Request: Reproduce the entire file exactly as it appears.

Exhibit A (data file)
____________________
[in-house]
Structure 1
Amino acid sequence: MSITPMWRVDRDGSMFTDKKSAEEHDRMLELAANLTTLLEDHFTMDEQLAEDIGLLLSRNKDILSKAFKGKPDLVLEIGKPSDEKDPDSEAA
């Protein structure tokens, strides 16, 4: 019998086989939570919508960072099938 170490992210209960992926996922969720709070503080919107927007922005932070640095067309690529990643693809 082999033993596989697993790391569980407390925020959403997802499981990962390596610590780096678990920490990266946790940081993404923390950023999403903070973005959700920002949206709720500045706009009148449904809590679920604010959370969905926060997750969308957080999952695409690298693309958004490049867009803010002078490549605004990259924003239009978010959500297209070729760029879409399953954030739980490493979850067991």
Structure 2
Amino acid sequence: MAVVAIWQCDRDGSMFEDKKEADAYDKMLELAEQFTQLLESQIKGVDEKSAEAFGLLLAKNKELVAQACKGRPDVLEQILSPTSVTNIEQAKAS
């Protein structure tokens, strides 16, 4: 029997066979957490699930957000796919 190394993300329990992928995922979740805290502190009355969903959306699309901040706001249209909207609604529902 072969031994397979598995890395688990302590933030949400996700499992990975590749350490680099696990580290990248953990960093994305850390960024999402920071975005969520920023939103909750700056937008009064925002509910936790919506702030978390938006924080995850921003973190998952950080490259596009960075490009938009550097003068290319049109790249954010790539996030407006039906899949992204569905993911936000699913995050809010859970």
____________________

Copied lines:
[in-house]
Structure 1
Amino acid sequence: MSITPMWRVDRDGSMFTDKKSAEEHDRMLELAANLTTLLEDHFTMDEQLAEDIGLLLSRNKDILSKAFKGKPDLVLEIGKPSDEKDPDSEAA
């Protein structure tokens, strides 16, 4: 019998086989939570919508960072099938 170490992210209960992926996922969720709070503080919107927007922005932070640095067309690529990643693809 082999033993596989697993790391569980407390925020959403997802499981990962390596610590780096678990920490990266946790940081993404923390950023999403903070973005959700920002949206709720500045706009009148449904809590679920604010959370969905926060997750969308957080999952695409690298693309958004490049867009803010002078490549605004990259924003239009978010959500297209070729760029879409399953954030739980490493979850067991």
Structure 2
Amino acid sequence: MAVVAIWQCDRDGSMFEDKKEADAYDKMLELAEQFTQLLESQIKGVDEKSAEAFGLLLAKNKELVAQACKGRPDVLEQILSPTSVTNIEQAKAS
């Protein structure tokens, strides 16, 4: 029997066979957490699930957000796919 190394993300329990992928995922979740805290502190009355969903959306699309901040706001249209909207609604529902 072969031994397979598995890395688990302590933030949400996700499992990975590749350490680099696990580290990248953990960093994305850390960024999402920071975005969520920023939103909750700056937008009064925002509910936790919506702030978390938006924080995850921003973190998952950080490259596009960075490009938009550097003068290319049109790249954010790539996030407006039906899949992204569905993911936000699913995050809010859970």